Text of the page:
Following the Government’s Local Government Finance Settlement announcement on December 15, Barnet Council has updated its annual budget consultation to ask residents’ views on whether the council should use the additional flexibility provided to apply an increased social care precept to Council Tax bills in 2017/18.
Barnet Council’s current plans include applying a 2 per cent social care precept to Council Tax bills next year which would generate an additional £3m to help ease the increasing pressures on adult social care budgets, including care for the elderly.
However, the Government has now allowed councils to increase the precept level to 3 per cent next year in order to generate additional income to fund adult social care services. In light of this additional flexibility, the council is asking residents whether they would agree or disagree with the council implementing the full 3 per cent increase available. Applying the full 3 per cent precept would generate an additional £4.6m and would add £33.63 to Council Tax bills for a Band D property next year (equivalent to £2.80 per month).
The council’s annual budget consultation also seeks residents’ views on its saving proposals and spending priorities as part of its 2017/18 budget. The final decision on the budget will be taken at Full Council on 7 March 2017, following responses to the consultation.
The council faces a budget gap of £61.5m between 2017 and 2020 due to continued reductions in Government funding and increasing pressure on services as a result of the borough’s growing population. Adult social care services in particular have come under increased pressure due to the growing demand for their services as life expectancy increases.
Despite these challenges, between 2011 and 2016 the council has saved more than £112m. Resident satisfaction with Barnet as a place to live, and with the council, has also increased* during this period.
For the last six years residents’ Council Tax bills have not increased while at the same time the cost of living has gone up year on year. This means, when adjusted for inflation, there has been a real term cut of 20 per cent in Council Tax bills since 2010/11.**
Policy and Resources Committee on 1 December considered the council’s budget proposals, as well as its capital investment programme which, if approved by Full Council, will see £781m of investment over the period 2016 - 2020. As all councils continue to reduce day to day spending and running costs, Barnet is investing significant resources into the future infrastructure needs of the borough.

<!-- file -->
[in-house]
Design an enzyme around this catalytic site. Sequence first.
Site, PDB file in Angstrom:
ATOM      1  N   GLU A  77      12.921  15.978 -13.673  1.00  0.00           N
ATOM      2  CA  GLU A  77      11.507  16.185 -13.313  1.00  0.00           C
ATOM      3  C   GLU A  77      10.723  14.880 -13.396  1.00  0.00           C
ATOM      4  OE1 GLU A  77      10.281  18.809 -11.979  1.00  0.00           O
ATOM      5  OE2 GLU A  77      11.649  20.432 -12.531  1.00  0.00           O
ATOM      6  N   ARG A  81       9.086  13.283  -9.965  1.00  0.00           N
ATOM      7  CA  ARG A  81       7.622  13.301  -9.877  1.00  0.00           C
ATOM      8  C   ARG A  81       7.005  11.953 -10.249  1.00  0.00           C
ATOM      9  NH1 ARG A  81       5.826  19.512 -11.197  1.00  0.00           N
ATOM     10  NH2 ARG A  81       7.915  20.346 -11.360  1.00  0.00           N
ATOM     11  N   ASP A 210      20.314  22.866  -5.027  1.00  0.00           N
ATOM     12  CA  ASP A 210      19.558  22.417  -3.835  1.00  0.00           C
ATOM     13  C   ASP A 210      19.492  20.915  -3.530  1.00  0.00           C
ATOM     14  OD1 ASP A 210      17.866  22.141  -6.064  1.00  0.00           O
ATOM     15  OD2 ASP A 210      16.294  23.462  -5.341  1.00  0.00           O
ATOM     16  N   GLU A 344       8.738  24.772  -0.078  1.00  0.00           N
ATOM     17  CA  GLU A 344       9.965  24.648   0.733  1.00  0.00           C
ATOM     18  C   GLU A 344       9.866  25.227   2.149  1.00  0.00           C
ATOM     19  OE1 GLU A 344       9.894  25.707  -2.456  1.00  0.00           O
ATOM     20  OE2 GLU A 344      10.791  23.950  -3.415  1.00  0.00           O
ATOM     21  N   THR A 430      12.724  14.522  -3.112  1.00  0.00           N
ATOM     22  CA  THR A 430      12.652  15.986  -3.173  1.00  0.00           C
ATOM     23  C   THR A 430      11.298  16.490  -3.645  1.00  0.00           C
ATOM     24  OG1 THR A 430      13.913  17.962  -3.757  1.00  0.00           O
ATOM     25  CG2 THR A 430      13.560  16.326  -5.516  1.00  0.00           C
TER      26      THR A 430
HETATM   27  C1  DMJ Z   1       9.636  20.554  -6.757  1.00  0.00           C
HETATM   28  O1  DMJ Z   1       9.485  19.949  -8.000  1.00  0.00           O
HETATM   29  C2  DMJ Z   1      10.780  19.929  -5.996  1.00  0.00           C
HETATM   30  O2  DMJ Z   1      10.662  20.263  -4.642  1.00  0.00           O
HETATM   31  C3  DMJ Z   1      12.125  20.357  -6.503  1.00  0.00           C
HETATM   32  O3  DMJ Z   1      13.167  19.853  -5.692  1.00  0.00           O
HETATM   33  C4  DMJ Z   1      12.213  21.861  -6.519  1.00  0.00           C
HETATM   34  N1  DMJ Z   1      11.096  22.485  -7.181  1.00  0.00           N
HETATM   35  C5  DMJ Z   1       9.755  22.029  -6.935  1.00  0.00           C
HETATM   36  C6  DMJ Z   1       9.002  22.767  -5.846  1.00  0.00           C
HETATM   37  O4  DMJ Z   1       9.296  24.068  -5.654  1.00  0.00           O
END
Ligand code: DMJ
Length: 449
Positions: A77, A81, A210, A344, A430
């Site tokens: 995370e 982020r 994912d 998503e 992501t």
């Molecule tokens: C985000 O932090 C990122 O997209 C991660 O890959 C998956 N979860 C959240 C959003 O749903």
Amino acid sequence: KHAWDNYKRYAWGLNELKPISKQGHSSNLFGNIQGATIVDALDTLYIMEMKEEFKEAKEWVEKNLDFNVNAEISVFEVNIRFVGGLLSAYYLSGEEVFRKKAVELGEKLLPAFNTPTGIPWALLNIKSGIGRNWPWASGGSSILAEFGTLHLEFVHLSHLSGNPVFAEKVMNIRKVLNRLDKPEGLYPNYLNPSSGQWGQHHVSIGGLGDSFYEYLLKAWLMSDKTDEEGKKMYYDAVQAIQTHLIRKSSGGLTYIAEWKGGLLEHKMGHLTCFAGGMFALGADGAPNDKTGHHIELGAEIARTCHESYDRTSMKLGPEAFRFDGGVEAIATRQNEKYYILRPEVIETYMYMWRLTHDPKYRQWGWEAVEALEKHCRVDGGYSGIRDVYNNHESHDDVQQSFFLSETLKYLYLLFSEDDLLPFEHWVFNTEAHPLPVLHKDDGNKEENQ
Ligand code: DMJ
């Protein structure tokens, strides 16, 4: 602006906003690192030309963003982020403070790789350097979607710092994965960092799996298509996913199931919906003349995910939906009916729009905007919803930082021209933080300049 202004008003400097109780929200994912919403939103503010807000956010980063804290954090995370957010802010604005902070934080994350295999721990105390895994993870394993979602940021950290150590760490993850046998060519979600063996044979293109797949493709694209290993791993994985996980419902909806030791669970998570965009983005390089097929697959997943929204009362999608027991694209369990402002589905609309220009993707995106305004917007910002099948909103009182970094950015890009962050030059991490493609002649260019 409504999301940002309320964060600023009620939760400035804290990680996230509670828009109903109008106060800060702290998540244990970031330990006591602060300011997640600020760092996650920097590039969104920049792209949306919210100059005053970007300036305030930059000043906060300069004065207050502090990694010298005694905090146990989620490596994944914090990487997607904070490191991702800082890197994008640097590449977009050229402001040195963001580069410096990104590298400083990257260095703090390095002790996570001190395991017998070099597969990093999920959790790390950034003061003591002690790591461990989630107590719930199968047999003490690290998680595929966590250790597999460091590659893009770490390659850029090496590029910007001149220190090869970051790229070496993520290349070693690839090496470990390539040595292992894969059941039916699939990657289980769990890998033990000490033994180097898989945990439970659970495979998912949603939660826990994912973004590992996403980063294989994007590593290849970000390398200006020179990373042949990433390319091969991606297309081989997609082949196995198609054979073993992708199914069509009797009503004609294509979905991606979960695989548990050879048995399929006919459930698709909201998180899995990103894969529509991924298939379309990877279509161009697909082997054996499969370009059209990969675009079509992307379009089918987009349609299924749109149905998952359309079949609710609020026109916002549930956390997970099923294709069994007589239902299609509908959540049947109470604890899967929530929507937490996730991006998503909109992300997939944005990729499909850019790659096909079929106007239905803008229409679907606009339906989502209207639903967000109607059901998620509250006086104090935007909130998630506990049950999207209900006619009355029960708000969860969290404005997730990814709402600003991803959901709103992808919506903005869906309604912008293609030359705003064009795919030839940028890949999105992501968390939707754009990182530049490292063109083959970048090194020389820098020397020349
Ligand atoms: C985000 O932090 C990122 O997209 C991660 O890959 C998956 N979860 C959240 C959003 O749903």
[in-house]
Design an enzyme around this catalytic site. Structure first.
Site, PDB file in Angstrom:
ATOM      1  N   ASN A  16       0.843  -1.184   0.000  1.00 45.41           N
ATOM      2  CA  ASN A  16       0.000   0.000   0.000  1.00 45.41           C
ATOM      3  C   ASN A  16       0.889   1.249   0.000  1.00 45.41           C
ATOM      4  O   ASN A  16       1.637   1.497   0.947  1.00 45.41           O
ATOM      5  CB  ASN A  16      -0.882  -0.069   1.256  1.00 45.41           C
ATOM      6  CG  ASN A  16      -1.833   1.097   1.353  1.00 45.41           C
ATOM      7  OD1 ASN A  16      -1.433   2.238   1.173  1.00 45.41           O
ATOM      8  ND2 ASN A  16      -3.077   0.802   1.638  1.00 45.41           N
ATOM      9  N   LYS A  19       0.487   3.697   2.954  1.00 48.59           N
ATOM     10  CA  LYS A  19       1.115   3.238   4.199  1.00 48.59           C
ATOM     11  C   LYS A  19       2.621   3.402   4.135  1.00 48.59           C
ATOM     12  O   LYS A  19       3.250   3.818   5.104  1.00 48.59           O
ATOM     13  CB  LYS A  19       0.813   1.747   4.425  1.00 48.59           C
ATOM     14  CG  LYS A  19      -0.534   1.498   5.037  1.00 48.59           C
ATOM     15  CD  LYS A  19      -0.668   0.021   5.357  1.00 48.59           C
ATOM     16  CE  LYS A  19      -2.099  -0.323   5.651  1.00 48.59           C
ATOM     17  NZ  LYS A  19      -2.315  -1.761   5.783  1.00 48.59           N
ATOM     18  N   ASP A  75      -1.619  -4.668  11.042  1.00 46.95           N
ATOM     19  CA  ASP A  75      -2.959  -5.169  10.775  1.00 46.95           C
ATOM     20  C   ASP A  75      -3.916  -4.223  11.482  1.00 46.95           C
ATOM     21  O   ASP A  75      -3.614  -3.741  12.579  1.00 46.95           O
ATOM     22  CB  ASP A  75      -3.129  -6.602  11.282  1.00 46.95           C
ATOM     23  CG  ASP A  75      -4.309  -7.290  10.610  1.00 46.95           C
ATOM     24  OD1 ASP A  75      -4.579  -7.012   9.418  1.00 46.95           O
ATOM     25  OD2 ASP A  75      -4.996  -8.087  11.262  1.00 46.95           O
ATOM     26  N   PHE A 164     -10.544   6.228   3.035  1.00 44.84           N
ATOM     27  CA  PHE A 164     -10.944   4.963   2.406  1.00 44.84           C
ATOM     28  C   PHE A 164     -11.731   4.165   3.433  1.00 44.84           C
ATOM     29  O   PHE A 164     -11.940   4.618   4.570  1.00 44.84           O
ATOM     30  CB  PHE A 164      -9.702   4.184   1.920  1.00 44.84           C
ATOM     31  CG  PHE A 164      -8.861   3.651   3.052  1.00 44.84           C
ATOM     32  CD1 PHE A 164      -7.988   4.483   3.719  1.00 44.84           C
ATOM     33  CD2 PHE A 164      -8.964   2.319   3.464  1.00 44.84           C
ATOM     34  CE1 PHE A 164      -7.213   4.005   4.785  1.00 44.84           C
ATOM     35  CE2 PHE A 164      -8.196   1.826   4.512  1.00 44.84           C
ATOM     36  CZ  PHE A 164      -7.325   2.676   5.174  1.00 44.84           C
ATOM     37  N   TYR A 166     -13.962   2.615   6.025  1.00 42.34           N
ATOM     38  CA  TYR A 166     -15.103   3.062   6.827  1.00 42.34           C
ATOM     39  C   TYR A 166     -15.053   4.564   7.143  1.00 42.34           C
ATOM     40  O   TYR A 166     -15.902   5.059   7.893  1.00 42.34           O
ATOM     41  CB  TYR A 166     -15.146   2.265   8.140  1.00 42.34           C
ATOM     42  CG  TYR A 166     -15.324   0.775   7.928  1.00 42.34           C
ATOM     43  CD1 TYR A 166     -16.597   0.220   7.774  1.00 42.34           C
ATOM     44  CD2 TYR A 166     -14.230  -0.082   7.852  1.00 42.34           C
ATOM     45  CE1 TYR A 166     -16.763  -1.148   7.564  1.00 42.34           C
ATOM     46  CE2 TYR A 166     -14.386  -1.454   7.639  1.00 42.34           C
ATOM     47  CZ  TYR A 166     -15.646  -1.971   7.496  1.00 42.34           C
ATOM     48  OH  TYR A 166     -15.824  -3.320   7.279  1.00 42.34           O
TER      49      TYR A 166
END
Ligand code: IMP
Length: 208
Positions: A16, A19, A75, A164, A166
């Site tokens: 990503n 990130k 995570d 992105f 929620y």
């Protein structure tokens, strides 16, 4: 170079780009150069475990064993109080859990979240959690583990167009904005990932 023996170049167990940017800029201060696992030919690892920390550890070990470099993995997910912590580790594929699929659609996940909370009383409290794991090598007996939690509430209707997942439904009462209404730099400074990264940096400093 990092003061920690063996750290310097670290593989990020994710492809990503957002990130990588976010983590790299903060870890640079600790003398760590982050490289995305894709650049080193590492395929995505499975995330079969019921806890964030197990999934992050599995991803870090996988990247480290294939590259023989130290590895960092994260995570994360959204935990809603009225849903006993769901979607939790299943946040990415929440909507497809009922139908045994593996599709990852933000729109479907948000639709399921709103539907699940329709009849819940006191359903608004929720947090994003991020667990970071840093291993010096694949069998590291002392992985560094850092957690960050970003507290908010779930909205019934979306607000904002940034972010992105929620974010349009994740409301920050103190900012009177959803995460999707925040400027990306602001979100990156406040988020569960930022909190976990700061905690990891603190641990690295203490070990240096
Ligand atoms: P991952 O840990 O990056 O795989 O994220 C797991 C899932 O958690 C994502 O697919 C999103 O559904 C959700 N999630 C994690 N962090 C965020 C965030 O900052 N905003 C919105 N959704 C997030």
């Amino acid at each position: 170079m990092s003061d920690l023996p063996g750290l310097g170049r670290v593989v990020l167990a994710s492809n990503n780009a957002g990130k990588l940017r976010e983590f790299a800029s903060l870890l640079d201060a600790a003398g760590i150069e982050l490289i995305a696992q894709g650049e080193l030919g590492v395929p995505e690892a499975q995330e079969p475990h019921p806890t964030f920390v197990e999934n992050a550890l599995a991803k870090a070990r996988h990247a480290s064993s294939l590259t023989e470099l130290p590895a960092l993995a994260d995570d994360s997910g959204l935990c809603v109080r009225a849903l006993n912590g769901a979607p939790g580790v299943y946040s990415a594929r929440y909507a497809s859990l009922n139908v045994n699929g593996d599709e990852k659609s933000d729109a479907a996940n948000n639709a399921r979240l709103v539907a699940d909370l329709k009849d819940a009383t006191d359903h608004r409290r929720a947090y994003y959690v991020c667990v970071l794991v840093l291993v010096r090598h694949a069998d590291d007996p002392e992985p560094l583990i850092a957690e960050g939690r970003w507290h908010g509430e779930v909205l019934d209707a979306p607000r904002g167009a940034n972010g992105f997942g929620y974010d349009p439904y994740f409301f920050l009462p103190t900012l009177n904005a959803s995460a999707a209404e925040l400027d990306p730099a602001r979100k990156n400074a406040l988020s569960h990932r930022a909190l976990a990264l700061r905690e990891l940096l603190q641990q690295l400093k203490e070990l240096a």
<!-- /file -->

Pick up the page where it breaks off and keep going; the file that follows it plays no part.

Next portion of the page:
The investment programme is funded by the proceeds of growth and will be invested in housing, school places, transport networks, leisure facilities and community hubs to make sure the borough continues to be an attractive place to live and run a business.
Leader of Barnet Council, Councillor Richard Cornelius, said: “Local government is facing some difficult challenges as our spending power is halved over the decade while the pressures on our social care services continue to grow.
“We have risen to this challenge and successfully saved £112 million so far without an increase in Council Tax bills for the last six years. We have made some difficult choices and with a £61.5 million budget gap left to fill until 2020 we will need to continue to make tough decisions to make sure that we focus our resources where they are needed most.
“The Local Government Finance Settlement has given us some additional flexibility with Council Tax and I would like to hear residents’ views on this as well as our other proposals to close next year’s budget gap of £22.2m.”
Residents are being asked to complete an online questionnaire about the council’s 2017/18 budget at engage.barnet.gov.uk between December 5 until 19 January 2017.
Notes to Editors;
*The results of the Spring 2016 Residents’ Perception Survey show that 74 per cent of residents are satisfied with the way the council runs things, significantly above the outer London average of 70 per cent.
** Since 2010/11 the council took the following decisions on Council Tax;
• from 2010/11 to 2013/14 the council froze Council Tax
• in 2014/15 the council cut Council Tax by one per cent
• in 2015/16 the council again froze Council Tax
• in 2016/17 the council applied a 1.7 per cent social care precept Council Tax increase to spend exclusively on adult social care, including care for the elderly. This was offset by a reduction in the element of Council Tax that goes to the Greater London Authority, which meant there was no overall increase in Council Tax bills for 2016/17.
The 1.7 per cent social care precept increase was introduced last year as a result of a new flexibility, granted by the Government, which allows councils to increase their Council Tax by up to 2 per cent above the existing 1.99 per cent cap on the condition that the income is spent exclusively on adult social care, including care for the elderly. This flexibility – which the Government refers to as the ‘social care precept’ was announced as part of the Autumn Statement in November 2015.
The capital investment programme, which will run between 2016 and 2020, is funded by the proceeds of growth and will create vital infrastructure including three new schools, an additional Thameslink station, two brand new sports centres, two community hubs, four business hubs, the council’s new offices, road and pavement investment, a new children’s home, and the delivery of more than 600 homes over the next five years. This investment will ensure the future sustainability of the council through laying the foundations for generating future income locally.